Weeks had passed since the emissaries from the Iron Throne had arrived at the Old Palace of Sunspear, and the lords and knights and ladies in that company seemed to have found a place at the court that was, if not comfortable, at least safe. Though there were tensions—snide remarks and sullen glances, whispers behind backs and any number of minor discourtesies offered them by some of the Dornish—it had seemed peaceful enough. Perhaps in the cause of improving relations further, perhaps merely to show his strong support for the embassy, Prince Marence commanded a tourney with rich prizes. It would be the first time knights from beyond the mountains had ridden in a tourney in Dorne since the Targaryen occupation. More than forty knights entered the tournament, including several from the embassy, and in time it was narrowed down to half a score.
And despite the fears, the jousting went well despite the fact that Lord Athell Connington and Lord Joscelyn Mallister of the embassy were among the final ten. Though some of their opponents seemed to wish them ill, no man dared try to do them undue harm, not when Prince Marence was watching (and riding in the tourney, as well, as had his brother Prince Cadan). Great skill was showed by many of the knights who rode, and even the squire Danyll Toland who would go on to defeat Prince Marence as well as his own, famed brother Ser Tamlyn Toland. His master, Ser Aidan Dayne, rode with his famed skill—and though he was unhorsed twice in the course of the tournament, it was not without unhorsing his opponents at the same time: the first contest against the fiercesome Ser Laurent Dalt, the knight called the Sand Dog, left the Knight of the Twilight defeated, but the second against his cousin Ser Tamlyn proved him a better sword. Yet the Knight of the Twilight might have been helped by the fact that Toland had fought the most famous match of the day, ten courses against Dread Daven Wyl that shattered fourteen lances between them before Wyl was at last over-thrown.
Other knights had fine showings, showing great skill, from Darion Fowler who sent old Lord Connington on his way out of the tourney, and gave Prince Marence his final loss of the day, to Cullen Manwoody who would drive Fowler from his seat in turn. But at the end, the competitors had narrowed to just four… and one of those was no knight, but the squire Danyll Toland. As fate would have it, Toland would face Ser Aidan, the man who had trained him from his youth. The Knight of the Twilight might be considered the finest jouster in Dorne, yet hadn’t he been twice unhorsed? Hadn’t his squire defeated champions in his own right? There were those who wagered on the youth’s behalf, and some whispered that Dayne might (for once) let glory go to another and yield to Toland… but he did something better. Though he rode against him, though they broke lances one against the other, Ser Aidan unhorsed his squire. And then, before the sight of gods and men alike, he called for a sword and granted Danyll his knighthood, then and there. There were cheers for the young knight, who would rise in a daze as he was acclaimed.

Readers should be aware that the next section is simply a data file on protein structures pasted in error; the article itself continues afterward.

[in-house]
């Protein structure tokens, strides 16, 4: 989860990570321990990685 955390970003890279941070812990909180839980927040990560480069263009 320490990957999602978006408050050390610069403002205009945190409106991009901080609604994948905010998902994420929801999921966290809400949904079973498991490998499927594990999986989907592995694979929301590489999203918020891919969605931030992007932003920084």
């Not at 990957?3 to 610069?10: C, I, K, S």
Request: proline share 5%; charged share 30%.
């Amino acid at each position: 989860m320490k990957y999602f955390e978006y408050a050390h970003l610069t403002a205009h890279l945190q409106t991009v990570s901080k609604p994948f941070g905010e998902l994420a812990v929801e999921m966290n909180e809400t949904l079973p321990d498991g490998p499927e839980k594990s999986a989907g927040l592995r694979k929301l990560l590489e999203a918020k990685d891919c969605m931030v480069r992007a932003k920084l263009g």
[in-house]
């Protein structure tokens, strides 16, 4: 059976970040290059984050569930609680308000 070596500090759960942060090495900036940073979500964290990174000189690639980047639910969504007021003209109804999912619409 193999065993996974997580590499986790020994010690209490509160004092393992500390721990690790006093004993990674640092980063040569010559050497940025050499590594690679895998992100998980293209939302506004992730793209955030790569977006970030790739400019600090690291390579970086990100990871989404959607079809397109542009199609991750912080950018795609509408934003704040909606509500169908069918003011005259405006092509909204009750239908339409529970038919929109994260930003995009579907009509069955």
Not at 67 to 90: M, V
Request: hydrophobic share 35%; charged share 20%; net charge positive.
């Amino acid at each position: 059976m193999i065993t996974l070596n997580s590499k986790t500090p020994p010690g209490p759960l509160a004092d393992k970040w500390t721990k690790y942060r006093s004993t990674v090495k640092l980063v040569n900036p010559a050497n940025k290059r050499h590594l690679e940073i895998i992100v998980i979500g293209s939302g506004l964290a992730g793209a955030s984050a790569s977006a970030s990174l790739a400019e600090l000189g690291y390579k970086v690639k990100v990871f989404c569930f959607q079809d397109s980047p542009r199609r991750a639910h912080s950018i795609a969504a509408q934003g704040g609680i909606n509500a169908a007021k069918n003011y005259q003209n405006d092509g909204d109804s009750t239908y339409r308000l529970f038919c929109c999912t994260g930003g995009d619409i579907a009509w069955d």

And then it was the Knight of the Twilight to face Joscelyn the Just. Lord Mallister was a champion in the riverlands, and a man who won his byname from the time he held a garrison at Skyreach for the Young Dragon with honor and courage, and he had ridden with great skill, unhorsing men to left and right until the Sand Dog finally put him in the dirt. Against Dayne, the contest proved close, both knights breaking lances—but it was the Knight of the Twilight’s day to contest for the final prize. He need only defeat Ser Laurent Dalt… twice, for Dalt had been undefeated, defeating all comers. The gods must have favored Ser Aidan’s lance, for he achieved it, though it was a near thing. And so he added another tournament victory to his credit, taking the prize and the glory of it, and placing the crown of the queen of love and beauty in the hands of his cousin, the lady Tanyth Toland, who had watched him defeat her brothers (and knight the youngest) as he wore her favor.
So ended the jousting, without the incidents some feared might take place.